UNIVERSITY PARK- Junior classman Jeremy Ross was looking to join a unique club sport as a freshman at Penn State University.
Enter Quidditch, an internationally governed sport pulled from the pages of J.K. Rowling's best-selling "Harry Potter" book series.
The 20-year-old, who is studying architecture, is in his third year playing on the university's team, the Flying Lions, founded in 2009.
Courtesy photo by Steven Kelly
Members of the Penn State Quidditch team participate in a scrimmage with New York University at Hofstra University in 2012.
"I was a fan of both [the books and sports], but I was definitely looking for a club sport to get involved in that wasn't mainstream," Ross said. "I was looking for something that was different because I know a lot of people when they come out of high school they want to stay athletic and they want to be involved in club sports, but sometimes the level of competition is much higher than you expect ...
"When I went to this, it was still incredibly competitive and actually really physical, which is nice, but there was [also] a level of friendliness that was there, that was lacking in the others, because it was new. It's a very new and unique sport, and it was a great opportunity to become a part of team that still gave me that physical athletic attribute."
In the books, Potter, a boy wizard, and his classmates at Hogwarts, a wizarding school, play Quidditch on flying broomsticks.
If you go
What: Penn State University Quidditch home tournament
When: Noon, Oct. 5
Where: Stadium Field West, next to Beaver Stadium
For more information on quidditch, visit the International Quidditch Association's web site at www.iqaquidditch.com
Aside from the magical components, much of the game in real life remains true to its fantastical counterpart as Ross, a PSU Chaser, and the website of the International Quidditch Association, the non-profit governing the sport, explained it.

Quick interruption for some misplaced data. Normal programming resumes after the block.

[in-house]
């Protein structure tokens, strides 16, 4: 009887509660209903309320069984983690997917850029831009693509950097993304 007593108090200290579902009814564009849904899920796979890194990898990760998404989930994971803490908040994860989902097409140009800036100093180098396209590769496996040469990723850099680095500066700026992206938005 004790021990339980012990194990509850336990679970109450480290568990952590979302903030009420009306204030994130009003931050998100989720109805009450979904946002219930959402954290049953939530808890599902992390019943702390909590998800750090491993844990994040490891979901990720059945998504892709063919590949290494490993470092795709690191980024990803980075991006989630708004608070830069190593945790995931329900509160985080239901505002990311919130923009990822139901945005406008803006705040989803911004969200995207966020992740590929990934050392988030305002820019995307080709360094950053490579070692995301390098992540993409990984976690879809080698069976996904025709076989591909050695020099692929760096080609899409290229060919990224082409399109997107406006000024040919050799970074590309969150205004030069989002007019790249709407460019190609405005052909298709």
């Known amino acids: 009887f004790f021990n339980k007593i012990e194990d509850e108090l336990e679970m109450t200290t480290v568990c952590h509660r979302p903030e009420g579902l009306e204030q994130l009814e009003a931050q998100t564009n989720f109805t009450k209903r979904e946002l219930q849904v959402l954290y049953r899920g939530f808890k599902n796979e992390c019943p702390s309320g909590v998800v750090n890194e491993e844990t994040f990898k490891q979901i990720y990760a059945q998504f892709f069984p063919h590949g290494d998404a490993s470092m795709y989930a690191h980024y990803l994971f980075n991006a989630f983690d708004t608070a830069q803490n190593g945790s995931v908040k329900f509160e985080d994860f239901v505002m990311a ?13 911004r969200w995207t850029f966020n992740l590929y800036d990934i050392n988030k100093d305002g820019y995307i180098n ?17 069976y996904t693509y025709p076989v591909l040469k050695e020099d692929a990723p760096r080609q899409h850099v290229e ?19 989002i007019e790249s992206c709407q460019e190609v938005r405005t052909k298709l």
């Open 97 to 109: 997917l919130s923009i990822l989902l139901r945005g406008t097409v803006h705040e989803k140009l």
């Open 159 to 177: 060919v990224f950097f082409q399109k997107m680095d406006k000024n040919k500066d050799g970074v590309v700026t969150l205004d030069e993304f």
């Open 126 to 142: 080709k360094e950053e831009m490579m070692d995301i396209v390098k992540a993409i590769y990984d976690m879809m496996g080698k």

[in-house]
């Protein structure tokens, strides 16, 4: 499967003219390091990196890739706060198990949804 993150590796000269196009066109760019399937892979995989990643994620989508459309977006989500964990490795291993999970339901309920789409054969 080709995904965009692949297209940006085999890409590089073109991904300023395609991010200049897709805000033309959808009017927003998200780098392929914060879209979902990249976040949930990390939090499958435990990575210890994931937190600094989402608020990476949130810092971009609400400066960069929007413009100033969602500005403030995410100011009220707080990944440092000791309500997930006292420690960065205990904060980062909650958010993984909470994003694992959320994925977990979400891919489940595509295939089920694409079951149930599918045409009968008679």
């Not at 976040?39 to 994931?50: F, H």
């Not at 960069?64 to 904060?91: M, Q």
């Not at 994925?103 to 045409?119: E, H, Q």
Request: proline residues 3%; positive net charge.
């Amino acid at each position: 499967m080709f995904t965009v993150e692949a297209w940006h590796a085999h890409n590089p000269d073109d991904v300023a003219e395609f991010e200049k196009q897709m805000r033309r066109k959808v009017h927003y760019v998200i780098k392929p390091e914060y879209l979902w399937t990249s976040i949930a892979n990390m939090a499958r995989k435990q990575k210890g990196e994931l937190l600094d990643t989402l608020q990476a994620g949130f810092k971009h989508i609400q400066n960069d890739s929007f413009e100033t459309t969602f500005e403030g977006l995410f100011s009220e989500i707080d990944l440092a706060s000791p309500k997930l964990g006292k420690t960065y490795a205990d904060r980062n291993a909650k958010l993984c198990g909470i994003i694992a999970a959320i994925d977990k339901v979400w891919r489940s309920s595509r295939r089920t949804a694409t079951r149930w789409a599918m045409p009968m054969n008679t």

Each team is made up of three Chasers, two Beaters, a Keeper and a Seeker.
Players all carry broomsticks and must keep the broom between their legs at all times. "Brooms Up," is a call to begin play.
Chasers run the quaffle, which is a semi-deflated volleyball, down the field. They can also pass it to teammates and kick it.
The object is to get the quaffle through one of three hoops located at opposite ends of the field for each team. A goal is worth 10 points.
Beaters carry bludgers, which are dodgeballs they use to knock out players from the other team. A player hit is out until they can touch their own goals.
The Keeper's job is to guard the goals, while a Seeker is trying to catch the Snitch, which is a tennis ball attached to a neutral third-party player, known as the Snitch runner, who is dressed in gold or yellow and uses any means to avoid capture.
Capturing the Snitch is worth 30 points and ends the game.
"The only way to end the game is through the Snitch catch but the person Snitch will handicap itself so it will be easier to catch. Like taking away his use of his arm or arms," Sarah Kelly, 20, a sophomore mechanical engineering major, who is a Chaser for the PSU team, said in an email.
The Snitch runner is typically a cross-country runner or a player from another one of the college's sports teams.
While the Seeker must hold on to his or her broomstick with a hand at all times, the Snitch runner has freedom to avoid capture and "it's not uncommon to see Snitches be either faster than you or much bigger than you," Ross said. "A lot of them if they aren't cross country runners, they're wrestlers, so they can throw you to the ground, they can sprint past you, they can climb up trees, they've been known to steal bikes and ride away."
The Snitch adds a creative light-heartedness to the game, Ross said.
He said the sport started with people attracted to it because of the "Harry Potter" aspect, but has taken on it's own identity as "it's getting more and more recognition and awareness that it's actually not like a silly sport," he said.